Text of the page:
EXCLUSIVE – Enhancing public safety through ICT technologies at the Singapore Police Force (SPF)
Above photo: Mr. Tay Yeow Koon (right), Director, SPF, receiving the RoE award from Mr. Mohit Sagar, Managing Director & Editor-In-Chief, OpenGov Asia
The Singapore Police Force (SPF) was one of the 14 government agencies which received OpenGov’s inaugural Recognition of Excellence Awards held at the 3rd annual Singapore OpenGov Leadership Forum on May 18 2017. SPF was recognised for leveraging technology to defend the residents of Singapore against threats, old and new.
A one-stop self-help portal, https://www.scamalert.sg/ was launched to counter scams. It provides up-to-date information on the latest scams. People can share personal experiences of scam encounters and lodge police reports online. There are links to major online e-commerce platforms so that the public can approach the platform administrators for assistance regarding transactions on these platforms. Victims of scams will also be able to lodge reports for police investigations via SPF’s Electronic Police Centre.
Another SPF initiative is the Digital Evidence Search Tool (DIGEST) which will automate the forensic processing of huge volumes of data, enabling investigation officers to focus their efforts on more specialised investigation functions.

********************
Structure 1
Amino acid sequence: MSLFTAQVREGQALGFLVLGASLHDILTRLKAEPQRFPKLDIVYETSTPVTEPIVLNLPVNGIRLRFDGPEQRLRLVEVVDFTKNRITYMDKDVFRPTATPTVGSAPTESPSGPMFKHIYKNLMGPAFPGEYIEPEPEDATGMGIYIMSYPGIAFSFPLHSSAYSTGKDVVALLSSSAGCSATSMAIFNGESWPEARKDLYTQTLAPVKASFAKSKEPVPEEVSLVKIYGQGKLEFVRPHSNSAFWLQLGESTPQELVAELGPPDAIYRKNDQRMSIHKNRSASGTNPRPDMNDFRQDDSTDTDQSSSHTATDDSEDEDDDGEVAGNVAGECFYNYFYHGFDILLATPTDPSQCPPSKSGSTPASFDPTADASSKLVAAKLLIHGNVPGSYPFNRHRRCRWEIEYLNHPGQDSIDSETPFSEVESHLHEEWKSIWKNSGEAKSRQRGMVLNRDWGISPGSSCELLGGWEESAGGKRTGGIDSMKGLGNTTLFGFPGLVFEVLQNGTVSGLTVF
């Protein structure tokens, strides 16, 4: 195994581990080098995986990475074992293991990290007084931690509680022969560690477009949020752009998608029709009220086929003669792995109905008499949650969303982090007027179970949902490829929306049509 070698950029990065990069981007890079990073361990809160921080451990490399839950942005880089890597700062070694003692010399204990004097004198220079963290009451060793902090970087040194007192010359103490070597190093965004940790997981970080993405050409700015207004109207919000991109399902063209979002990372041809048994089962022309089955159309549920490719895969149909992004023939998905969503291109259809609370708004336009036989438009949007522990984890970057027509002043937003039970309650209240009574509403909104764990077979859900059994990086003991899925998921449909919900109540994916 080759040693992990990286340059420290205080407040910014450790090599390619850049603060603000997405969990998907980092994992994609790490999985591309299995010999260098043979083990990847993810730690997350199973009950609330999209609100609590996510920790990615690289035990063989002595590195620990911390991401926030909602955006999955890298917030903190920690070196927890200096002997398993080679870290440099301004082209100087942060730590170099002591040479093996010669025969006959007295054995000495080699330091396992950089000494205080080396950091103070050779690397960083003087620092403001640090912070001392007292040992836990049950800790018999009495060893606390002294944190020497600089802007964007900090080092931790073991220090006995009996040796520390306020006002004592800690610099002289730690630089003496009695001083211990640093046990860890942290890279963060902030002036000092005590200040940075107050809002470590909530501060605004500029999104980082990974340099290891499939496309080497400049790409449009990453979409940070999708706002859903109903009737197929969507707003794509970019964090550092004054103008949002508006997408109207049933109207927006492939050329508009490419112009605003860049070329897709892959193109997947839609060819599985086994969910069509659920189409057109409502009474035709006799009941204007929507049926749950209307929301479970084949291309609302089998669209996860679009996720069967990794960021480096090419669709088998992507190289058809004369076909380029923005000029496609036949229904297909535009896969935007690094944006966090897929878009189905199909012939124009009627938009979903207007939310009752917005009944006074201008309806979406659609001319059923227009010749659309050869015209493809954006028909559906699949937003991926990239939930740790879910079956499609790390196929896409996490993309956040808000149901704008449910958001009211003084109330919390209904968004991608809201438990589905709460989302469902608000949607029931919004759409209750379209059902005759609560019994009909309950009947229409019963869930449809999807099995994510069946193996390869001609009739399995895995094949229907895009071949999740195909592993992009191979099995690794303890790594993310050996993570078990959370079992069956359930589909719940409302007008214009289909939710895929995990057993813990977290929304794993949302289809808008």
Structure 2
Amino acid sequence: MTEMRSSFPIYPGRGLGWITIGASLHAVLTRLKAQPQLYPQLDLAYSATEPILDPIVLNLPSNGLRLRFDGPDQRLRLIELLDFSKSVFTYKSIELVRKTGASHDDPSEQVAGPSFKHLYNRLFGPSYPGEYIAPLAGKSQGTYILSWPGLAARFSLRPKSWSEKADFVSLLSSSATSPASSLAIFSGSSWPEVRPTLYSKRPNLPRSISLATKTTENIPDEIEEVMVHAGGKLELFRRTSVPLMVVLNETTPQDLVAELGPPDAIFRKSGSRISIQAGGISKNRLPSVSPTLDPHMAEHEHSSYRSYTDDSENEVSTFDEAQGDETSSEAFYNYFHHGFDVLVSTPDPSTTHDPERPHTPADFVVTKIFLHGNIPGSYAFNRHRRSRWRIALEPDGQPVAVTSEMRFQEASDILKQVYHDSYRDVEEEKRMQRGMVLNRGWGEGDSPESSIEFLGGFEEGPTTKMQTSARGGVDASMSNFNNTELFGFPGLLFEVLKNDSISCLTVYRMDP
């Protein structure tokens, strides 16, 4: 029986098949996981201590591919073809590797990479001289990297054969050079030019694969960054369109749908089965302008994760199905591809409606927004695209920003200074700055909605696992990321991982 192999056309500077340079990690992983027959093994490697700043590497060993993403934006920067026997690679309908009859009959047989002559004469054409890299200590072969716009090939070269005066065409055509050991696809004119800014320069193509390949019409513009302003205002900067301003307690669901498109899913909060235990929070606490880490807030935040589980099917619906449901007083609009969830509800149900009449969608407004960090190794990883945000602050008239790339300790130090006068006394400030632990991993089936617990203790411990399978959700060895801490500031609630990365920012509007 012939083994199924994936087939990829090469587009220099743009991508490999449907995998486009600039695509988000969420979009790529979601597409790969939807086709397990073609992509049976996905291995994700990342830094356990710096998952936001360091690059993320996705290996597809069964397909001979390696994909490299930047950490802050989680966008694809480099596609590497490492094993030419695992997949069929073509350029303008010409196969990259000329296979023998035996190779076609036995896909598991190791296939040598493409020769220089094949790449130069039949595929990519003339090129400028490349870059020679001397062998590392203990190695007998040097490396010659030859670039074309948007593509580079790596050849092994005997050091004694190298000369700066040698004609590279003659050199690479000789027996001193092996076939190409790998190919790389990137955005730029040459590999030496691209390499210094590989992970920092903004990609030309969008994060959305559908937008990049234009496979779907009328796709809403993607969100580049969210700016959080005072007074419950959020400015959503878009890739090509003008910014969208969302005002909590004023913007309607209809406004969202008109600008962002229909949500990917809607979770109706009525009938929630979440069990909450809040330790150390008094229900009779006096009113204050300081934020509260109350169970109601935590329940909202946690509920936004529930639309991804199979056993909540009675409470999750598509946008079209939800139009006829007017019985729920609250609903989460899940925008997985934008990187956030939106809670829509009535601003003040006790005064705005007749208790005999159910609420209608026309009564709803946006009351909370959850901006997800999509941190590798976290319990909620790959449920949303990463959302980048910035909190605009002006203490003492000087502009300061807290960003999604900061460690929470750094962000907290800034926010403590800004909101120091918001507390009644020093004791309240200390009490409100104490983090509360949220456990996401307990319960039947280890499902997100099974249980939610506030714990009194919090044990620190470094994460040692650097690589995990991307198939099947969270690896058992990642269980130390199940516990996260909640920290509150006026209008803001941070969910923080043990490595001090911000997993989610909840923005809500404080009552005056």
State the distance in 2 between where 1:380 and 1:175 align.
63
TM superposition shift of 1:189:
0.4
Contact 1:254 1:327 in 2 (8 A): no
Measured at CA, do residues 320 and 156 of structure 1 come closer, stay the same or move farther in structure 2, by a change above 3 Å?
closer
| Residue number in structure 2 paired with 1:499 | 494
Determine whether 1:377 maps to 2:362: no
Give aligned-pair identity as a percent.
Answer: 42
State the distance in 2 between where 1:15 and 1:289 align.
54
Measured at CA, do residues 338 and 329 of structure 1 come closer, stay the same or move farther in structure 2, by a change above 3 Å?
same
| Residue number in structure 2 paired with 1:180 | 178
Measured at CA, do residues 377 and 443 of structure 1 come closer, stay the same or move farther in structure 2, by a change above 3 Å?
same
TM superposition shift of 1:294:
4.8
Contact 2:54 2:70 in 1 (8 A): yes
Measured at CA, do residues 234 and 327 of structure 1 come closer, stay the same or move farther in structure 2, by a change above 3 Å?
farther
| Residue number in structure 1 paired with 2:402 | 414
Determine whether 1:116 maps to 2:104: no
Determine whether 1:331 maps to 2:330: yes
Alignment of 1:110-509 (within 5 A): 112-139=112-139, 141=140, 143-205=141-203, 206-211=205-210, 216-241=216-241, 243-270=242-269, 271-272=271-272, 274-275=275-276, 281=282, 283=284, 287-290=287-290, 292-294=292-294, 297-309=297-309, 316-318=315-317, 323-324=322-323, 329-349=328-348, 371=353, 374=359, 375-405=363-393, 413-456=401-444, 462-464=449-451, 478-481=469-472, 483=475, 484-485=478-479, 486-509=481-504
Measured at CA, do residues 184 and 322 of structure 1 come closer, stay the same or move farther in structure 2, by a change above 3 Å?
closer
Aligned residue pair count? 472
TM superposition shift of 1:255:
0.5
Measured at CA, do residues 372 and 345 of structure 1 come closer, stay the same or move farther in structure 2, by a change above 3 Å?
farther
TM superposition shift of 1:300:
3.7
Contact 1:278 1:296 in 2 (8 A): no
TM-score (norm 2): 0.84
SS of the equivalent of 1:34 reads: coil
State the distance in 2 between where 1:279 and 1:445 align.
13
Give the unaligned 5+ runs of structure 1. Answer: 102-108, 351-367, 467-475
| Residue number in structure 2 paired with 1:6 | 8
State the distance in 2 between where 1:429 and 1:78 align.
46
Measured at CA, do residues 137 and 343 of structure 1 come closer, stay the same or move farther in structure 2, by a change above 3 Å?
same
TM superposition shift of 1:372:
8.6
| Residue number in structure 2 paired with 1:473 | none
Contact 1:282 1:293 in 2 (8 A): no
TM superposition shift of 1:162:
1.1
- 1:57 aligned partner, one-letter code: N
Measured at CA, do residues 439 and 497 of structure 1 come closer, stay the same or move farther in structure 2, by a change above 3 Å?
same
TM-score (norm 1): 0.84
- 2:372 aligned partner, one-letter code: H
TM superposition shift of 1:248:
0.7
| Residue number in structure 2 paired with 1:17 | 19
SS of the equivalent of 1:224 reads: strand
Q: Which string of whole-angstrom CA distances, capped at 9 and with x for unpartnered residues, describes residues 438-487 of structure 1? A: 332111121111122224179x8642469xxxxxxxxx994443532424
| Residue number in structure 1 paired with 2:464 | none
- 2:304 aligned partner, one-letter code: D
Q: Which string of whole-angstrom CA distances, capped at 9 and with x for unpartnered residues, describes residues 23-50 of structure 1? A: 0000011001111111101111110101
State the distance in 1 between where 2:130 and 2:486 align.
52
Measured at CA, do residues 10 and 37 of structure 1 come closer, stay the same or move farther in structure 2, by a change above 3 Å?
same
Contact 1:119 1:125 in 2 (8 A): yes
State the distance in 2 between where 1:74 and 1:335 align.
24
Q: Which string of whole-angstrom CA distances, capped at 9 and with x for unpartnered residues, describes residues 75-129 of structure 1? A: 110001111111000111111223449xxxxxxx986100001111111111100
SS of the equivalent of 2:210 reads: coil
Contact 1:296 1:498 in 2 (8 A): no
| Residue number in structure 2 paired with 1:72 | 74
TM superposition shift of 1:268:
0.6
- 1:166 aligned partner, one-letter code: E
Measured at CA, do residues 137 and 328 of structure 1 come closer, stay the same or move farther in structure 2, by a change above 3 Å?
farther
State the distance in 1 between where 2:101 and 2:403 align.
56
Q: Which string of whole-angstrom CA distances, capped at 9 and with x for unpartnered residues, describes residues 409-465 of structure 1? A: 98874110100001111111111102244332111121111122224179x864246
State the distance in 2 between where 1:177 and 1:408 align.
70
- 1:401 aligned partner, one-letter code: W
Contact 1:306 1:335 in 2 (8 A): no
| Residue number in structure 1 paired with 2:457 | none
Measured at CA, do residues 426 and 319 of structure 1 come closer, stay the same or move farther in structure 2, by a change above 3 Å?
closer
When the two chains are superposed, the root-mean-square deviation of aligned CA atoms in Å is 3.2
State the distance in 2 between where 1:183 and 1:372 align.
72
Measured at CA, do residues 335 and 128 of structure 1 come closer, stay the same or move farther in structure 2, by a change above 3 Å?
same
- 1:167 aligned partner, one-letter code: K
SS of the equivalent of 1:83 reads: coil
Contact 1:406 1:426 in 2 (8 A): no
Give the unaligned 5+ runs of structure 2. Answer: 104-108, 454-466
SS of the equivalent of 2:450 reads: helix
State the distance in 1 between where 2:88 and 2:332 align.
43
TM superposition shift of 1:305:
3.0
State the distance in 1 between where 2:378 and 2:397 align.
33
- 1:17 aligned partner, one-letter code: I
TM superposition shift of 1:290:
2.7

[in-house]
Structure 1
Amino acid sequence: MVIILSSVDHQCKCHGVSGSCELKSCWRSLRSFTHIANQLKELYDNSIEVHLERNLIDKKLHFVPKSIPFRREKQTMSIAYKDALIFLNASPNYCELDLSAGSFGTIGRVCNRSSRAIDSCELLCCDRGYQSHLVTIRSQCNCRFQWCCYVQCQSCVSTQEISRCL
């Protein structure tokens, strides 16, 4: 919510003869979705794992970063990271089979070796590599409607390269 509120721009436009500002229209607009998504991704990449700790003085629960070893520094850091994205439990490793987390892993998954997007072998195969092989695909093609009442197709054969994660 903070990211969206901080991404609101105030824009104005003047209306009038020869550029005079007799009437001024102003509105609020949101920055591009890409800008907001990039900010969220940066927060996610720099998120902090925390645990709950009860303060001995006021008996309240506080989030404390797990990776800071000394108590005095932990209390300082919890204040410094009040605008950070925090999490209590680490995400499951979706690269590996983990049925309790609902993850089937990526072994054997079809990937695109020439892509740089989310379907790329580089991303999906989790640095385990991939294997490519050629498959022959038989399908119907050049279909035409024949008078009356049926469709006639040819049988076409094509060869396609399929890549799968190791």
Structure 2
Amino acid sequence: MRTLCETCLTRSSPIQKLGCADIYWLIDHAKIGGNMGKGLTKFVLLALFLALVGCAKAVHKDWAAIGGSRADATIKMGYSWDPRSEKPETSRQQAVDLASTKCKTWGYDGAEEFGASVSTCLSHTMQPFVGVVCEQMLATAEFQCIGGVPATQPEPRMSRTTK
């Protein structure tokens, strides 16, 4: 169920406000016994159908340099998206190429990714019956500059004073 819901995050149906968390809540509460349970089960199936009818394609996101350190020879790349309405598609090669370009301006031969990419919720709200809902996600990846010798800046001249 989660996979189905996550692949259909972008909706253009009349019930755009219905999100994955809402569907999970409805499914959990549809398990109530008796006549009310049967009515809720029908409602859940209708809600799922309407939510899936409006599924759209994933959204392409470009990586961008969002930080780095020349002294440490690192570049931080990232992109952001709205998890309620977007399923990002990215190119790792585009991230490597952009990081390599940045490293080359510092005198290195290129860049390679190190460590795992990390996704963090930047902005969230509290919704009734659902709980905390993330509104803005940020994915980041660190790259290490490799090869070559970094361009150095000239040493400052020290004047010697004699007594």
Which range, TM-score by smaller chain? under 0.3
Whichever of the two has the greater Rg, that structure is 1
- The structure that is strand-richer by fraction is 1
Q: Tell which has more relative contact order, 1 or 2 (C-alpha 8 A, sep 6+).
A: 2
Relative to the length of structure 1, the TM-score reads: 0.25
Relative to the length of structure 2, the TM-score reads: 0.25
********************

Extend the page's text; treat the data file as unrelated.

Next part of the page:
In a follow-up email interview, OpenGov had the opportunity to find out more from Mr. Tay Yeow Koon, Director, SPF about the ongoing technology projects as well training/curriculum developments at the organisation.
How can technology in general and ICT specifically help the Police Force to do its job better?
Through developing new capabilities and enabling technology in line with the Operations Technology Vision (OTV) to provide effective and timely ICT support, solution and services, it will help SPF in the mission to prevent, deter and detect crimes.
Would you like to share any ongoing technology-related projects or initiatives at SPF with our readers?
Police Cameras (PolCam) distribution continues to achieve good progress. Since the project started in April 2012, we have installed 62,000 cameras in around 10,000 public apartment blocks and multi-storey car parks under the PolCam 1.0 rollout plan. These PolCam has provided valuable footages which has assisted SPF in the solving of more than 1,100 cases. We are now expanding the programme with PolCam 2.0, which is the installation of cameras to public areas in town centres, neighbourhood centres, hawker centres and walkways leading to transportation nodes such as MRT stations and bus interchanges. About 11,000 more cameras will be progressively installed over the next few years at 2,500 locations islandwide. 5100 Polcam 2.0 cameras will be rolled out by end of this year.